The Industrial Internet of Things (IIoT) is inescapable, in more ways than one. Headline after headline trumpets that the IIoT is transforming industry, which plays well in the investor and consumer communities. But in the engineering world, we’re a little more conservative.
Yes, the connected industrial environment clearly has potential to profoundly impact the way industrial businesses work. That holds for everything from engineering to strategic planning to day-to-day manufacturing operations. Will the industrywide transformation happen next month or next year? Probably not. Should you be crafting your IIoT strategy as though it were? Absolutely, and here’s why.
At its heart, the IIoT is about the power of connectivity. Manually reading out temperature or vibration data from a single motor is of limited value. Being able to access health data on all the motors in the entire plant is enormously powerful. Instead of careening from fault to fault, the engineering staff can move into a predictive maintenance regime. It can confidently run its equipment longer without the risk of unplanned downtime, extracting maximum performance from the assets.
Multi-location connectivity supports integrated operations management. Here, too, the value is in the volume of the data and its accessibility. If a line goes down at one plant, production across the entire organization can easily be rebalanced, with feeder plants slowing down and other facilities ramping up production to make up for the shortfall. Management can monitor and control assets from across the plant—or across the globe—using mobile devices.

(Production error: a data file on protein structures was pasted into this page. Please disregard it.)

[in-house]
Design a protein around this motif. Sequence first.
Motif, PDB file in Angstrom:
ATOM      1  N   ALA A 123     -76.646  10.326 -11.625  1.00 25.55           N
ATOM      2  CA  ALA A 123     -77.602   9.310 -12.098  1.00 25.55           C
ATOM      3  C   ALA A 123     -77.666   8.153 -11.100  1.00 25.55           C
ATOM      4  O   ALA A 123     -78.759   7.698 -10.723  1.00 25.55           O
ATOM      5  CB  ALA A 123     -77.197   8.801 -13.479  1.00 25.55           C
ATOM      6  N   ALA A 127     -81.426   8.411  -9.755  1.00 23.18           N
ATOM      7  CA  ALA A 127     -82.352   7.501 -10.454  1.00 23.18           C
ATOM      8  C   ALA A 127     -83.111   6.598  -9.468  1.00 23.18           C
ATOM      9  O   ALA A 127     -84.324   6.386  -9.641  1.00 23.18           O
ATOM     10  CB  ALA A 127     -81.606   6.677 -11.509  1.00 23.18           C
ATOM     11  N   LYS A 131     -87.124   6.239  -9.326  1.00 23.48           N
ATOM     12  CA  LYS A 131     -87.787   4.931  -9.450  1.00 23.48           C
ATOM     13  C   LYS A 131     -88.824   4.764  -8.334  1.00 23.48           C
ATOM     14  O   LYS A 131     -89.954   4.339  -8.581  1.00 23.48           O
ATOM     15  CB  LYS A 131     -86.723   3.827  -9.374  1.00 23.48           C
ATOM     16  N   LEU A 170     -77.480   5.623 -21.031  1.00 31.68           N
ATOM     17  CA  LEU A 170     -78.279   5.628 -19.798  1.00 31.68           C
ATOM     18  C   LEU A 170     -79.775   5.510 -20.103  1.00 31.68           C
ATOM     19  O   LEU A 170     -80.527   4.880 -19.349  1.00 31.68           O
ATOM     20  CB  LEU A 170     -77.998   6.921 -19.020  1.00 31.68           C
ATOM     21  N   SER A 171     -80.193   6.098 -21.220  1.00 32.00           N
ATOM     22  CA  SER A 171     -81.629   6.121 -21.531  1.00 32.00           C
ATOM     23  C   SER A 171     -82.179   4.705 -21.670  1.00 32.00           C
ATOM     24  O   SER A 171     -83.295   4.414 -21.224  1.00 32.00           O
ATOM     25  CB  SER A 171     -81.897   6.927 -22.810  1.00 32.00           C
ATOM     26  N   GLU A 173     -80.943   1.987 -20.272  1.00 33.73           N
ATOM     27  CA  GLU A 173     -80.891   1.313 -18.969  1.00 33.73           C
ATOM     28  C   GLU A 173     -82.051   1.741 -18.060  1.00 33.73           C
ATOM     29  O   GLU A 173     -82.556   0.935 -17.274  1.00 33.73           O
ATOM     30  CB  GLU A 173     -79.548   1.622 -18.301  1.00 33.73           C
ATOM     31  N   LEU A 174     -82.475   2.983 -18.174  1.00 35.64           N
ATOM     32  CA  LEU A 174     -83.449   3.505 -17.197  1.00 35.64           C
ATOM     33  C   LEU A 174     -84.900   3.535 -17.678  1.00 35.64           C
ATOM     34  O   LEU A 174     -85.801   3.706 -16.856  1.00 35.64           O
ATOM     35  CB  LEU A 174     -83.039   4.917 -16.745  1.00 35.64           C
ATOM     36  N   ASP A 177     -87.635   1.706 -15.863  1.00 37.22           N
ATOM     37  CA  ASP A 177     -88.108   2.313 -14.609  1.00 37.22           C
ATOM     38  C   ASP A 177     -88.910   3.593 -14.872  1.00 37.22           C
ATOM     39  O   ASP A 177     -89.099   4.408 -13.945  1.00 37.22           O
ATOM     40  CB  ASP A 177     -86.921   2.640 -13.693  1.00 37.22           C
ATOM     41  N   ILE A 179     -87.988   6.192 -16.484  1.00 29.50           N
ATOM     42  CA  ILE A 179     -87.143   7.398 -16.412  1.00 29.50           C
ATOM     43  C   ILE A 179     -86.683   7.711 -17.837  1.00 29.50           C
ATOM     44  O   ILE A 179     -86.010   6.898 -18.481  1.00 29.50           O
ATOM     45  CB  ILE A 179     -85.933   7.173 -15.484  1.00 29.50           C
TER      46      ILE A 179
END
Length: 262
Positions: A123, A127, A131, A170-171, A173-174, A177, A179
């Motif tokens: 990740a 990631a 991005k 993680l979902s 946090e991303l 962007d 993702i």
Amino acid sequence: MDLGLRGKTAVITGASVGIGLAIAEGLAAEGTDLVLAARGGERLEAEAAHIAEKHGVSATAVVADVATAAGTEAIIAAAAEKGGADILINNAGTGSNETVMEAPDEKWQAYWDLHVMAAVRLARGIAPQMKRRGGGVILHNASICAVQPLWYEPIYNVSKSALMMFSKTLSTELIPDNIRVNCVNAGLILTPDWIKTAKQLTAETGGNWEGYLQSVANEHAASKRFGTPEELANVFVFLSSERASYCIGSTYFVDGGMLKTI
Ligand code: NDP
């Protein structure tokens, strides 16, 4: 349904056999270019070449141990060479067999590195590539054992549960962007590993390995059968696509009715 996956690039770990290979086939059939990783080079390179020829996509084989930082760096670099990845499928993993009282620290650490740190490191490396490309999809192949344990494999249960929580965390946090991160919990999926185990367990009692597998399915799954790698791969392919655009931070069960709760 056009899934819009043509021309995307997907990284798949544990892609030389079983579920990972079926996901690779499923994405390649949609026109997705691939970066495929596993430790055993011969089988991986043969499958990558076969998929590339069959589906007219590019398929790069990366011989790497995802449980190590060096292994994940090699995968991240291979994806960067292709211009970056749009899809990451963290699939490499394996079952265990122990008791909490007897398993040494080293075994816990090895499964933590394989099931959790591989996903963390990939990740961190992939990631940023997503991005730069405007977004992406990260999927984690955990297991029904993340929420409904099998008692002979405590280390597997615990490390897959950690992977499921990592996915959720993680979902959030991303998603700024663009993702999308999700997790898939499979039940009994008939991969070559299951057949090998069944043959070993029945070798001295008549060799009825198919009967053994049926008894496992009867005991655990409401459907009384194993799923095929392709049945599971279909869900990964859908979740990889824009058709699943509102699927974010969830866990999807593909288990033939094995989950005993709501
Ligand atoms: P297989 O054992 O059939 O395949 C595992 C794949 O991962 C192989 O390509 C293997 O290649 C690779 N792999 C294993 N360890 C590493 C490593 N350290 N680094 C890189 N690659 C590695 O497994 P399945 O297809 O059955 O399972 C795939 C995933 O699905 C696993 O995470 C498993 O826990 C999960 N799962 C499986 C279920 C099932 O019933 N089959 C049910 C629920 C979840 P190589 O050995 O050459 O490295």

In these times of lean manufacturing, every manufacturer is looking for new ways to save. The interconnected factory of the IIoT makes it possible to monitor the status and power consumption of all devices, creating the fully visible factory. Add energy analytics to wrangle the data, and the system can identify opportunities for savings. Examples include identifying equipment that is operating (and consuming power) when it should be turned off and managing peak energy demand in order to get the most favorable pricing from the power company.
Are these examples hypothetical? No, they are real, executed with currently available technology that costs less than you would think.
Getting Real with the IIoT
It can be tempting to dismiss the IIoT as hype, but the company that does so runs the risk of being left behind. More to the point, it runs the risk of missing out on key benefits—not to mention, first-mover advantage. For those organizations interested in exploring the technology, there are a few key techniques for success:
Do your homework. Find out what the technology can do and how it applies to your particular operations.
Have a plan. Don’t just slap sensors on every device that moves and start harvesting data. Plan your project with the same amount of effort you would apply to engineering a new product.
Start small. Identify pain points and conduct a restricted pilot program. The lessons you learn with this initial effort will pay off down the road.
Play the long game. Although you may begin harvesting data immediately, it takes time to get to know your assets and begin accruing value. Be patient.